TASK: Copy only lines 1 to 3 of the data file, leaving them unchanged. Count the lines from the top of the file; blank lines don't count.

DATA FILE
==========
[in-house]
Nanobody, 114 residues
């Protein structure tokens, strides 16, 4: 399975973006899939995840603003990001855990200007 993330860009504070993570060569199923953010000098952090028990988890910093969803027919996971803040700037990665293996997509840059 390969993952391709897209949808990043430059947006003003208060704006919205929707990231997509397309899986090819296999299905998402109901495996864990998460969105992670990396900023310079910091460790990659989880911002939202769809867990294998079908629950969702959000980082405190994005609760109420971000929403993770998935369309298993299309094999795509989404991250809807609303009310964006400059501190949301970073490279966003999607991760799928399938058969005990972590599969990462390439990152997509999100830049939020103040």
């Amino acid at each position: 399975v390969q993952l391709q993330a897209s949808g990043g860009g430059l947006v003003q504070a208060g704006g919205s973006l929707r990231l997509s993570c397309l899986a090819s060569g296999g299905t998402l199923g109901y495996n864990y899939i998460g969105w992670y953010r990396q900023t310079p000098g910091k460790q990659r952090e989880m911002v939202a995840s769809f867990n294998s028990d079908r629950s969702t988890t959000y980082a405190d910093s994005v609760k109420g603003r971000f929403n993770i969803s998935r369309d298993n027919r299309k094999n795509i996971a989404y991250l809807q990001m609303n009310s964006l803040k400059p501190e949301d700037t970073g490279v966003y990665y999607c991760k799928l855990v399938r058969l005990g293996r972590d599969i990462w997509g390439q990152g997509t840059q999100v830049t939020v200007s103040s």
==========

[in-house]
Nanobody, 114 residues
């Protein structure tokens, strides 16, 4: 399975973006899939995840603003990001855990200007 993330860009504070993570060569199923953010000098952090028990988890910093969803027919996971803040700037990665293996997509840059 390969993952391709897209949808990043430059947006003003208060704006919205929707990231997509397309899986090819296999299905998402109901495996864990998460969105992670990396900023310079910091460790990659989880911002939202769809867990294998079908629950969702959000980082405190994005609760109420971000929403993770998935369309298993299309094999795509989404991250809807609303009310964006400059501190949301970073490279966003999607991760799928399938058969005990972590599969990462390439990152997509999100830049939020103040």